Note the forked from buefy/buefy. To fork a repository on GitHub you only need to click on the Fork button in the right corner.

Once you've forked the project you can now start working on it. All your work should be made in your fork following these simple steps:

  1. Create a new branch from main;
  2. Make your changes;
  3. Submit a PULL REQUEST.

Some projects may have variations on these steps. Make sure you read the files README.md, CONTRIBUTING.md, and CODE_OF_CONDUCT.md to know how to contribute.

NOTE: These files aren't mandatory, but are very common.

The complete flow is almost the same across repositories. To get more details and see what commands you can use check the CONTRIBUTING.md of Punchclock at https://github.com/Codeminer42/Punchclock/blob/master/CONTRIBUTING.md.

The process in practice

In this section, we'll see how is the process of submitting a Pull Request and getting it merged, or not, sometimes we lose. Actually, it's not a loss, even not merged Pull Requests can teach us interesting things.

A bit about software projects

Keep in mind that there is no democracy in software projects. Despite the product/library being built by many people around the world, there will be a small group that will guarantee the integrity of the repository and will decide what should be merged or not. Accept this as an axiom and don’t let it hurt your ego.

The big game here is to convince the owners of the project that your proposed changes deserve to be merged into the main code.

Opening the Pull Request

Once you made your changes it's time to open the Pull Request. By opening the PR you should follow the requested practices of the repository you're submitting on. In the Buefy we should indicate if our code solves a specific ISSUE and describe the proposed changes. The good practice is to give as much context as you can.

In the following image, we can see a Pull Request opened for Buefy.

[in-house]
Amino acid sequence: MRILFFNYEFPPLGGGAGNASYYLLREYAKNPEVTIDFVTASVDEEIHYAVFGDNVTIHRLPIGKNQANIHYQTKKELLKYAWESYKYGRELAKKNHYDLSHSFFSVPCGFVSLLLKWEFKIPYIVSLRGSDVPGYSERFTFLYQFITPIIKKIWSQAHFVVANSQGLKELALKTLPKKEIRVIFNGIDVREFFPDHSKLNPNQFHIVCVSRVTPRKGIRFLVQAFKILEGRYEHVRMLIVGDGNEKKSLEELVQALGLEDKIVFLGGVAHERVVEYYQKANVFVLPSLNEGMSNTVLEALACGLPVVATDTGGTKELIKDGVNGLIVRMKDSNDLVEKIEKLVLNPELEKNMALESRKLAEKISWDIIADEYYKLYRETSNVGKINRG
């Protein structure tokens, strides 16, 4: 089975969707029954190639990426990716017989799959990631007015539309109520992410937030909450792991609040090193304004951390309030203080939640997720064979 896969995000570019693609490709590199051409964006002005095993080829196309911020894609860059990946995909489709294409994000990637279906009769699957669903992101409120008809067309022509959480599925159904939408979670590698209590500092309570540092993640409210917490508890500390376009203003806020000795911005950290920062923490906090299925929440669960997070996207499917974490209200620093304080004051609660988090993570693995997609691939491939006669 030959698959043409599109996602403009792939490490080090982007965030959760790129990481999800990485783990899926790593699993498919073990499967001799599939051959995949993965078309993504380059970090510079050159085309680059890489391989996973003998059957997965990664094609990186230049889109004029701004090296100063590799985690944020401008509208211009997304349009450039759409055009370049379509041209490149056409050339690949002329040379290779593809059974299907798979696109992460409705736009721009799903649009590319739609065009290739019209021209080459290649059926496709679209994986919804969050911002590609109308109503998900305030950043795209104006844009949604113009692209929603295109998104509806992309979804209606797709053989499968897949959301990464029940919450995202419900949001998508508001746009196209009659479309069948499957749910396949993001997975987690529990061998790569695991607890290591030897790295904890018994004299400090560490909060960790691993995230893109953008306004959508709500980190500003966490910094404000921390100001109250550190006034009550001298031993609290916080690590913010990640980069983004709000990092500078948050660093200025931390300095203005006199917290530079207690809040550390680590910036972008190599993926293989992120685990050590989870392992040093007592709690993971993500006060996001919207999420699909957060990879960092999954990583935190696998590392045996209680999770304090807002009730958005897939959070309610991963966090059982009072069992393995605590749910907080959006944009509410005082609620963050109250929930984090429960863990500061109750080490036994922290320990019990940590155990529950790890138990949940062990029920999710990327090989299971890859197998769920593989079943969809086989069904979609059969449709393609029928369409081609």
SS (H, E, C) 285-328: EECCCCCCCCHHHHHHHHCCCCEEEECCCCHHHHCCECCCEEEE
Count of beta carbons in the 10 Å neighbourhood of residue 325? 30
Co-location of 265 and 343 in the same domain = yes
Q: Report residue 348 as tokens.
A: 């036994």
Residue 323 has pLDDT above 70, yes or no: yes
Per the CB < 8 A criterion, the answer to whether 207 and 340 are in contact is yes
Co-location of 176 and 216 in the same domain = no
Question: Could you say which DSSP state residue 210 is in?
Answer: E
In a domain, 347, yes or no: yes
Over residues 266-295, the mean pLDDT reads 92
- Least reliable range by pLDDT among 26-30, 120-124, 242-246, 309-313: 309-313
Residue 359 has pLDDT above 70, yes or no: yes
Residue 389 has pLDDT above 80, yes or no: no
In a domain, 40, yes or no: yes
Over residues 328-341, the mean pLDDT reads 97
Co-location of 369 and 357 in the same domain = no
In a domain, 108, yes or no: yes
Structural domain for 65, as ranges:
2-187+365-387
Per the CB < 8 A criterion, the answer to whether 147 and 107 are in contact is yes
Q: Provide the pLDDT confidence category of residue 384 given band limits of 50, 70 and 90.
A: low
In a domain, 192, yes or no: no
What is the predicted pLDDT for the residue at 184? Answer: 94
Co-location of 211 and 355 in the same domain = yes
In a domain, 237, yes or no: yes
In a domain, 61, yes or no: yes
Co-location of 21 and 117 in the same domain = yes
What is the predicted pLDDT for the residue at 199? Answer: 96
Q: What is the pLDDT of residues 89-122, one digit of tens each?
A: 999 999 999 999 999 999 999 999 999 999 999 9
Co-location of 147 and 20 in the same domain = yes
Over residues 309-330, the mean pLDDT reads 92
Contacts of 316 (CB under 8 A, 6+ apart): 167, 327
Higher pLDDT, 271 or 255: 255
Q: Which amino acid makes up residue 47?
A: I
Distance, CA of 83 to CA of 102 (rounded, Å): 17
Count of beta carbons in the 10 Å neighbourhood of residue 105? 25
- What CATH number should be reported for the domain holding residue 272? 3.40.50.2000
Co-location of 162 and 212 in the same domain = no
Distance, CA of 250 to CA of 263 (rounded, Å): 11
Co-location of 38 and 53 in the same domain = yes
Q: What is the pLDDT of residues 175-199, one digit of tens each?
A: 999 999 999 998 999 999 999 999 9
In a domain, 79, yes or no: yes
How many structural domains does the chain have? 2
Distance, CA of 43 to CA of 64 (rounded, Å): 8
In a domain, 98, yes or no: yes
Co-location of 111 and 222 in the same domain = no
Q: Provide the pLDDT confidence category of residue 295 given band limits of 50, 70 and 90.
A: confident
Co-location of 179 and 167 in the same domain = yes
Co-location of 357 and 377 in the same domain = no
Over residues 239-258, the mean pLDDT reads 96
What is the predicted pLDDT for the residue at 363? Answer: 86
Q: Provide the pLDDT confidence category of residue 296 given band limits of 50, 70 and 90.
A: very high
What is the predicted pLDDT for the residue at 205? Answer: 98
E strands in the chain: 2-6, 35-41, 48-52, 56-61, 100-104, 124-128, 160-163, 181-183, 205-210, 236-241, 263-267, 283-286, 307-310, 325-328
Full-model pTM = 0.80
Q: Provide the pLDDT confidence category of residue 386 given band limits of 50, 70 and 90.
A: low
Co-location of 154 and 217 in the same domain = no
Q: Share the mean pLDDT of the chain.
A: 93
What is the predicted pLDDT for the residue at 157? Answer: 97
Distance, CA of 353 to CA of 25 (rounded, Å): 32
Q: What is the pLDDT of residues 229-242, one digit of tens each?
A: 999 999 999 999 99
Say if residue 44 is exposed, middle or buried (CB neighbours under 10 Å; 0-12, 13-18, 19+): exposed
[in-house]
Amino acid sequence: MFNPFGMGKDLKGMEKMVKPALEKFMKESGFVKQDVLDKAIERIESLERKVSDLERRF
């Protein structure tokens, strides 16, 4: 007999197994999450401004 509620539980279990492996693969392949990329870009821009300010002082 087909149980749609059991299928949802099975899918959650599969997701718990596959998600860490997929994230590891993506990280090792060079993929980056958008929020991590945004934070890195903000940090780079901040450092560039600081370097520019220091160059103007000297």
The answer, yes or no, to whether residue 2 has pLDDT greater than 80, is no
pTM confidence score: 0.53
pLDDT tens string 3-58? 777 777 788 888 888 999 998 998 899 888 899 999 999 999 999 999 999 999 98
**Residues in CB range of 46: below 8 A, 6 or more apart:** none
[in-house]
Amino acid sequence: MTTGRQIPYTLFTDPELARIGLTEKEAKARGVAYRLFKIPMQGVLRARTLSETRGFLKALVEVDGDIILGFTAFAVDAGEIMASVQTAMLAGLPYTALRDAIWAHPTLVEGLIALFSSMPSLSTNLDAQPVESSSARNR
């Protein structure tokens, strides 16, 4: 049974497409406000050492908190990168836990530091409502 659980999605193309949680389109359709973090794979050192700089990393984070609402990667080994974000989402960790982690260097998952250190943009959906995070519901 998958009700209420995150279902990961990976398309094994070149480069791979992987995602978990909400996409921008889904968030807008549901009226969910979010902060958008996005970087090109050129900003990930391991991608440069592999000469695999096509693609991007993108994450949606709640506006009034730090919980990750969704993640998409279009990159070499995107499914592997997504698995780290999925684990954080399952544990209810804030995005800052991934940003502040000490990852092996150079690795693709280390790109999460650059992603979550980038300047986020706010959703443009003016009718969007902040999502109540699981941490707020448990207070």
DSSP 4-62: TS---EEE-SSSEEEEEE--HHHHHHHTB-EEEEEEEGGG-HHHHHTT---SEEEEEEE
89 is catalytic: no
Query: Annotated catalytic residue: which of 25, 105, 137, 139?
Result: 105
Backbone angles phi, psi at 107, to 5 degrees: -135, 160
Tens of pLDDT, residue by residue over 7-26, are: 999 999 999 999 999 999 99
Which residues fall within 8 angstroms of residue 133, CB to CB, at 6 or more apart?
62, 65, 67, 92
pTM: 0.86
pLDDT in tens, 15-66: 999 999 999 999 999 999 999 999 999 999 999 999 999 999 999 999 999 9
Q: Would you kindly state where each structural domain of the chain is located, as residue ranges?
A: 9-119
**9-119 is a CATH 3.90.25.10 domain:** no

Image 2 — Pull Request example

This is a merged PR, but it is sufficient to illustrate the practices we mentioned. This PR was a refactoring of two components and the context was given using images also.

Get review (convince the owners)

Once the PR is opened you just need to wait. Wait and the game will begin.

Image 3 — PR conversation

At least one person will review your code and check if that makes sense. Reviewers will request changes and suggest improvements when they deem it necessary.

Be polite, explain your decisions, and follow the suggestions when that makes sense. Sometimes the reviewer's suggestion doesn't make sense, it is quite common when a new feature is being introduced.

In Buefy is very common to see owners asking the following question "Why do you need it?" with this question the owners aim to understand what needs your PR solves. The owners are not omniscient, so they should ask to get to know about the users' needs.


Making open source contributions will help you to grow up as a developer. Again, don't let questions and code suggestions hurt your ego, be open mind and learn.

As you get more confident you'll start to review the code of the other developers and this is also a good thing to do.

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That’s all. See ya!